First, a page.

A PREGNANCY TEST is just this flat piece of plastic with little windows in it. So small, it fit in my hand with room left over, and my hands aren't that big. Such a small thing to have so many people so upset. But then, if I was pregnant, the baby would be smaller than the pregnancy test. Tiny bits of plastic, and even tinier bits of cells, and my whole life rested on them. Okay, I wouldn't die if it was a yes, but it sort of felt like I would.

First, there's no dignity to it. You have to pee on the little stick. Or pee in a cup, then put the stick in it. Then you put the cap on, and wait for lines to appear. One line: not pregnant. Two lines: pregnant. It seemed simple enough.

I prayed not to be pregnant. I prayed, and I bargained. I'd be more careful. I'd use condoms and not trust just to the pill. I'd, well, you get the idea. I'm sure I wasn't the first single woman to sit in a bathroom wishing, hoping, praying, bargaining with God, that if this mess passes me by, I'll be better. Shit.

I didn't want to sit in the bathroom for the entire three minutes. But I didn't want to go outside and face the men either. I compromised; I paced inside the bathroom. It was ten steps from the door to the edge of the tub's raised marble. Ten steps, back and forth. Marble is cold on bare feet, but I usually didn't spend this much time walking on it. I was either coming in and out, or sitting in hot water in the tub. I concentrated on anything, everything, but that little piece of plastic where it sat on the side of the sink. I tried not to look at it. If you peek early, it may not be conclusive. I was carrying a man's watch in my hands. Micah's watch. He'd taken it off his wrist and handed it to me, because mine was still sitting on the nightstand beside our bed.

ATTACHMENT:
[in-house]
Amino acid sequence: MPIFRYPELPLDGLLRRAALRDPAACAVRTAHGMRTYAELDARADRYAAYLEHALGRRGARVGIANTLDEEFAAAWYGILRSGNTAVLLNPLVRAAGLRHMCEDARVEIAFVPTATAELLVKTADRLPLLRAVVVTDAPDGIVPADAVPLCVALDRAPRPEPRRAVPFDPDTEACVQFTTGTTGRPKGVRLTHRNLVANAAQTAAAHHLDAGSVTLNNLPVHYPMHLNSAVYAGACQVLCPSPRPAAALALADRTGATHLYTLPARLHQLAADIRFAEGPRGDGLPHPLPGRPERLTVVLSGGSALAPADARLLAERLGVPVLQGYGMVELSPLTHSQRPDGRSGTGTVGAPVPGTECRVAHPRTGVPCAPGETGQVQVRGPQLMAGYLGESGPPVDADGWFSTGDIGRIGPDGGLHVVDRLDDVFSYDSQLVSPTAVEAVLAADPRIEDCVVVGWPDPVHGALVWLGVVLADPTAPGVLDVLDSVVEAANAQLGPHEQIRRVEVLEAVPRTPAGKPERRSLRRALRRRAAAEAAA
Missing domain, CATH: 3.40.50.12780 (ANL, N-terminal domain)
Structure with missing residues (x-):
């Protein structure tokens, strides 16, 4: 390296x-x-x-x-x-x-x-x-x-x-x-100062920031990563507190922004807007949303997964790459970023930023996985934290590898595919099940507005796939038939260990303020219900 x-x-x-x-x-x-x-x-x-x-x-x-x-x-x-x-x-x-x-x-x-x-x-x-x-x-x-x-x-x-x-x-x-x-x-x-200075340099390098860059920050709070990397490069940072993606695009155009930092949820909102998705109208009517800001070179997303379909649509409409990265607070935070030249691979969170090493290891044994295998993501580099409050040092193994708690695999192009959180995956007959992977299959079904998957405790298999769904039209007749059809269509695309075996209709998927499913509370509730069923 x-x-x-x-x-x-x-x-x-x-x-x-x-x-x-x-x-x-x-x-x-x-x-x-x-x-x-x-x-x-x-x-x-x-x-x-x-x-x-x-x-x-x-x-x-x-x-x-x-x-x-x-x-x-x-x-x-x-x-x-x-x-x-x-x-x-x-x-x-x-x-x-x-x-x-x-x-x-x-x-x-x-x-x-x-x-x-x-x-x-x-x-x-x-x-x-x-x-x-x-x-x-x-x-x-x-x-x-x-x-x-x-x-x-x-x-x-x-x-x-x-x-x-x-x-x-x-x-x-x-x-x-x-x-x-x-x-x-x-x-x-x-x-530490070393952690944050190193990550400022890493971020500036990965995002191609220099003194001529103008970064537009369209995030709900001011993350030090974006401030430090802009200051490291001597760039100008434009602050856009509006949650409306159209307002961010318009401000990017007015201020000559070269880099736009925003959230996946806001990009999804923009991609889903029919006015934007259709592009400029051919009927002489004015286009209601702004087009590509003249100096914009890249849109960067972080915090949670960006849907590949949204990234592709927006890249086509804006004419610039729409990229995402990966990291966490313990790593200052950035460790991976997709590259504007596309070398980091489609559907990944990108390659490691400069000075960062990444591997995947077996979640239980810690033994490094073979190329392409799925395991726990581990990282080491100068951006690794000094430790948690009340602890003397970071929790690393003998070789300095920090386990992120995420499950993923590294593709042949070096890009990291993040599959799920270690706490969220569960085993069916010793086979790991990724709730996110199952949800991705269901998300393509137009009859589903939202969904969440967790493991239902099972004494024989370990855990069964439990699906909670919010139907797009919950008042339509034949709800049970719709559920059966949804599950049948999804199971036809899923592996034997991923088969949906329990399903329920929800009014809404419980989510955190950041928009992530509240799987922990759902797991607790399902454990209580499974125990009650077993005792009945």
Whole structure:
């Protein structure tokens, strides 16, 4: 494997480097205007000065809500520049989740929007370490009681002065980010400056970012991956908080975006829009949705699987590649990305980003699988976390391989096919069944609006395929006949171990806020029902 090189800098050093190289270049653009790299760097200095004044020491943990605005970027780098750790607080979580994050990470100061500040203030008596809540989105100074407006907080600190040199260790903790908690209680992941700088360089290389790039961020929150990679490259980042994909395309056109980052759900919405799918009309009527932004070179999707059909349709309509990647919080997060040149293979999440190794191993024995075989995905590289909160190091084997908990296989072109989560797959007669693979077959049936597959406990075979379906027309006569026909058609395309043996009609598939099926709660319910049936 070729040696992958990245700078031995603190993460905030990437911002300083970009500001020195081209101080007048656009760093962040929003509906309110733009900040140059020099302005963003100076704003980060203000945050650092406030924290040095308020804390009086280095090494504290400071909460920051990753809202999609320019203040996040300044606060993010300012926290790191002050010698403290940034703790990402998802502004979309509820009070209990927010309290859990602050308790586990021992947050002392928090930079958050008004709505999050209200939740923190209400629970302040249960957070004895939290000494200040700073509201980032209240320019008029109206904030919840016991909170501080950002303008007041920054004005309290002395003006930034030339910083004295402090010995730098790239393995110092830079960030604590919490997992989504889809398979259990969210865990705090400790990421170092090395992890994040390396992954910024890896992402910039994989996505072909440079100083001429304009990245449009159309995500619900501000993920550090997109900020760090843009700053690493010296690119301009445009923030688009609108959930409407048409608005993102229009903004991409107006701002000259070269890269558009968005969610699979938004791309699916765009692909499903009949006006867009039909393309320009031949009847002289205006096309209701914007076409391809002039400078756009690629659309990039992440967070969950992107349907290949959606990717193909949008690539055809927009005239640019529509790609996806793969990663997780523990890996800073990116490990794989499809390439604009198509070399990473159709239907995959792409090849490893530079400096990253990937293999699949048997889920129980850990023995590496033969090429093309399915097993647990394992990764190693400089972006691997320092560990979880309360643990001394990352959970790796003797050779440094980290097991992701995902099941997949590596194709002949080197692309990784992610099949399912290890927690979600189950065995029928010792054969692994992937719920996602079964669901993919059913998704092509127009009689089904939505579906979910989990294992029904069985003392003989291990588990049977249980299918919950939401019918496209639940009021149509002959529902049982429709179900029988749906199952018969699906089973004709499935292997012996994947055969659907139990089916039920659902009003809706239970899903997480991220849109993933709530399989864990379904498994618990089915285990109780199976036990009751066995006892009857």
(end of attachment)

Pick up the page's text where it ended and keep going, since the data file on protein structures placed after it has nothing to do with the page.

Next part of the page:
I tried putting the watch in the pocket of the robe, but that made me nervous, as though if I couldn't see the watch I'd screw the time up. I tried sitting on the edge of the tub staring at the second hand, but that made the time go even slower. Now that I was only minutes away from knowing, I wanted to know. No more guesswork. I needed to know, one way or the other. I needed to know.

What I didn't know was that Micah had set an alarm on the watch. It beeped at me, and scared me. I gave that little eep scream that only girls seem to do.

Claudia knocked on the door. "Anita, you all right?"

"Sorry, alarm startled me. Sorry." I was already in the middle of the room, opposite the sink. All I had to do was turn around. I had a death grip on the watch. My heart was beating so hard I was sure that everyone outside the door could hear it. I didn't want to look. I wanted to know, and I didn't want to know. I wanted to have someone else look. Micah would do it, or Nathaniel. God, I was being so cowardly, and stupid, as if simply not looking would make it not true. But I had to look, I had to.

I took those last few steps to the sink, and looked down. Two lines, two f**king lines. The world swam, and I had to grab on to the sink edge to keep from sliding to one side. All I could hear was my own blood roaring in my ears. I was not going to faint, damn it. I was not going to faint.

I lowered myself to my knees, still clinging to the cabinet edges. I put my face against my arm, and waited for the dizziness to pass. Fuck.

When I thought I could do it without feeling worse, I raised my head up. The room didn't swim. Good. But I wasn't at all sure I trusted myself to walk to the door. I hated it, but apparently my body had decided that it just wasn't working yet. I could either sit on the floor until I felt less weak-legged, or I could yell for help.

I knew the men were almost as tense about it as I was, so waiting seemed cruel, or maybe it wasn't cruel. They had a few minutes more of believing the worst hadn't happened. I hated to treat the miracle of life like a disaster but that's how it felt.

I finally called, in a voice that almost sounded like mine, "Claudia."

She tapped the door, and said, "Do you want me in there?"

"Yes," I said.

She came through, and one look at me on the floor made her close the door behind her. She walked to me, looked down at the test, and said with real feeling, "Well, shit."